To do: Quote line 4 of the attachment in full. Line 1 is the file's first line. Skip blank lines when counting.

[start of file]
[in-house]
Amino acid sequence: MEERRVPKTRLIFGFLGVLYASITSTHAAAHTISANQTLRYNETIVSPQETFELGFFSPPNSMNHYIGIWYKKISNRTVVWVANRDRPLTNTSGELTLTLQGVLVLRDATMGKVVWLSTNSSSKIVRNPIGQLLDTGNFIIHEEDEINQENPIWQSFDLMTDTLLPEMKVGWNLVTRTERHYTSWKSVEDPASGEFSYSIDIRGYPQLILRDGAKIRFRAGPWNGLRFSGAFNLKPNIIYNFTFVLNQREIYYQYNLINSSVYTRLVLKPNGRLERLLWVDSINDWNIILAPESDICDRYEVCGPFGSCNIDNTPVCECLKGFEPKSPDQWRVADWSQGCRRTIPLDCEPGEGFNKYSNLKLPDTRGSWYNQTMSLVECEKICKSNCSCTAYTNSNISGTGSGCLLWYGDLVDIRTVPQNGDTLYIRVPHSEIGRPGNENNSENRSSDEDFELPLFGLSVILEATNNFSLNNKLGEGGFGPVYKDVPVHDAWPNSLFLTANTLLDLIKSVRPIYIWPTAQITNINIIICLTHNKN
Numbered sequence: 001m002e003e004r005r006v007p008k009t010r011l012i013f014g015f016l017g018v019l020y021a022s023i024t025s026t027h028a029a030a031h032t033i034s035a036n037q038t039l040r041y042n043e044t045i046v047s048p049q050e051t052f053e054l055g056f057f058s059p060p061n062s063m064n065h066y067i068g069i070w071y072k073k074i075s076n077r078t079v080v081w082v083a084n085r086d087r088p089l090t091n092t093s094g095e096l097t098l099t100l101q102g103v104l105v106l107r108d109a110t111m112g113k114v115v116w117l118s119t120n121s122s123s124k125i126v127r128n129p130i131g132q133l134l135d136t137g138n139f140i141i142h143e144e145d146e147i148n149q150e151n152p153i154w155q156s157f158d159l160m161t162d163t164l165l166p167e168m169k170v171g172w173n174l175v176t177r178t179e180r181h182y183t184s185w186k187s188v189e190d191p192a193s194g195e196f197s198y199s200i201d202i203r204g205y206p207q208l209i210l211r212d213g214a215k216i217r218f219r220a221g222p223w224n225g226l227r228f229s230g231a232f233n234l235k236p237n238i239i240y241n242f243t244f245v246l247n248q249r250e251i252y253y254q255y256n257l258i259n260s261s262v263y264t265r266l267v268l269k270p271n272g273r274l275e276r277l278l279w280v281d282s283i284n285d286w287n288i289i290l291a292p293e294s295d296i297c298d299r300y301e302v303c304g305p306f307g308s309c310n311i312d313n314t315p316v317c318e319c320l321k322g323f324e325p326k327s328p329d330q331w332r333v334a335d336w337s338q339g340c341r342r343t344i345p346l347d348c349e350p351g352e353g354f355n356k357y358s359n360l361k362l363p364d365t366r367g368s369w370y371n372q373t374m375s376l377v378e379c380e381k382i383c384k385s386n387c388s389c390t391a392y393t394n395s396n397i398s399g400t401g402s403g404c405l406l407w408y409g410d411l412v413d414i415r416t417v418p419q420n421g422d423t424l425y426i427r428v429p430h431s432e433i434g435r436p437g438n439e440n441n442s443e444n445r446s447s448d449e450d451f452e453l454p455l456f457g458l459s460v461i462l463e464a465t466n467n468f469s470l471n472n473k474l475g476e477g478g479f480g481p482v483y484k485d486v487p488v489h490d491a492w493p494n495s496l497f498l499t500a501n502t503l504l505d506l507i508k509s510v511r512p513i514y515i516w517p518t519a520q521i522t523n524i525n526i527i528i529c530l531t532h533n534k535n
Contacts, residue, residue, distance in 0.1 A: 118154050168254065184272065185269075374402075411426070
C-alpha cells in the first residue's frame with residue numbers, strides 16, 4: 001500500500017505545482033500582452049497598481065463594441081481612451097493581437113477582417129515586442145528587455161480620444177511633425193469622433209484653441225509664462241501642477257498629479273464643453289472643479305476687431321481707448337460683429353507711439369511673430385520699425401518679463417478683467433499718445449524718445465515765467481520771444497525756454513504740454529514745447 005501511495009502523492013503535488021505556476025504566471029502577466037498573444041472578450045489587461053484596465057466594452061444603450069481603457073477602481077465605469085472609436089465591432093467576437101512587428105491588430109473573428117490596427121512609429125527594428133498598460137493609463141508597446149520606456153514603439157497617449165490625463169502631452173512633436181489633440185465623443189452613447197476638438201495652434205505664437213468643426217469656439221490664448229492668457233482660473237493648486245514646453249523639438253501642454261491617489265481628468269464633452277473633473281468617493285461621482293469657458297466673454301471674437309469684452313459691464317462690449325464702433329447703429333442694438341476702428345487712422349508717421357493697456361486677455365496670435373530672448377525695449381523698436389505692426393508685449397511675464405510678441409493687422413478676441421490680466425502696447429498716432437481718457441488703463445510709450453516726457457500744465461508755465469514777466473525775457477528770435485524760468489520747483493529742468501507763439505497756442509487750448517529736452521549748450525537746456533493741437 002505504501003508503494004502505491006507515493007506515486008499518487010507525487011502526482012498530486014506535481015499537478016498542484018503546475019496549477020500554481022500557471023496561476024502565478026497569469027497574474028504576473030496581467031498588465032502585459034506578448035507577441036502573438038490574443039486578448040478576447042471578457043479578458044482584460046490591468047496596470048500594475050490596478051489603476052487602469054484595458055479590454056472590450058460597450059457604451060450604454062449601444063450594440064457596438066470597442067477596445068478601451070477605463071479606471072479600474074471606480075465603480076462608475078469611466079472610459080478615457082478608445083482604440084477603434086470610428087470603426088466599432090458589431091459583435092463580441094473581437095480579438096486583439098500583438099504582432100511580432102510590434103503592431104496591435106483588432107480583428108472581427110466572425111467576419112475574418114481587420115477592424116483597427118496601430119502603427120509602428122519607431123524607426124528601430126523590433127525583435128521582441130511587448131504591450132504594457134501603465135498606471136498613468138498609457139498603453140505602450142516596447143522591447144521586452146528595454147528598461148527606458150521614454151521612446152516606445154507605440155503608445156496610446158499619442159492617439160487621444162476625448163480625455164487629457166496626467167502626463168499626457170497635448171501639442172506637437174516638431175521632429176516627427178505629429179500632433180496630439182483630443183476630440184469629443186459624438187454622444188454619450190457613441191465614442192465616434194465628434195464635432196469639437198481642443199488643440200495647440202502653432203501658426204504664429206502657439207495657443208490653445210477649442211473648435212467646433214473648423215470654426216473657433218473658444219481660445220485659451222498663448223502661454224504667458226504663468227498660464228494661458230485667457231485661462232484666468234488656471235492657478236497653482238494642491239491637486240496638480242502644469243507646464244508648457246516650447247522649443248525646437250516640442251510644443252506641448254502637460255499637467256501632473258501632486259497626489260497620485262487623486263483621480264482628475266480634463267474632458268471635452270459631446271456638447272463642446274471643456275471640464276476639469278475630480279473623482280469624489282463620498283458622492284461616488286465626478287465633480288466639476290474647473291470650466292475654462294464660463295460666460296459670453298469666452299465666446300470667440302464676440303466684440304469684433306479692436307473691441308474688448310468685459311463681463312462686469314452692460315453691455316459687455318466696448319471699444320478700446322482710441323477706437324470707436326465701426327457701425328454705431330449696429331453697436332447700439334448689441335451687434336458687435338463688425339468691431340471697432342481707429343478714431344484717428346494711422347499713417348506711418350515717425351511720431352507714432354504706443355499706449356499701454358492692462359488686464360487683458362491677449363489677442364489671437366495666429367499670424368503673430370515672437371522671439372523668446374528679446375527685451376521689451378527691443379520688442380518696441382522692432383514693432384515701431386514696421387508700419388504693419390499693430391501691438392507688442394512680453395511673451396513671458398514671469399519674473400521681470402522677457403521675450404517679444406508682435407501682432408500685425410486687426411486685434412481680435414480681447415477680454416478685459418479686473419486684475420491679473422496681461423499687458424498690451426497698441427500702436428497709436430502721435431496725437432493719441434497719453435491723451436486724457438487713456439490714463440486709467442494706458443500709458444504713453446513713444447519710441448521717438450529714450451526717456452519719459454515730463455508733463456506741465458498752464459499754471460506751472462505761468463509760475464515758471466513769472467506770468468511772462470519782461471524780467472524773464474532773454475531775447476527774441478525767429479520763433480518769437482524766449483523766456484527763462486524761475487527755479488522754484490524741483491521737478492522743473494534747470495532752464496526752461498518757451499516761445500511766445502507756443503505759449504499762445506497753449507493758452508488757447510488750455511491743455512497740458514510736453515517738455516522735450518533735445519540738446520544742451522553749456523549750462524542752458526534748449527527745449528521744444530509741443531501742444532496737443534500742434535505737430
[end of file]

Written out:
Contacts, residue, residue, distance in 0.1 A: 118154050168254065184272065185269075374402075411426070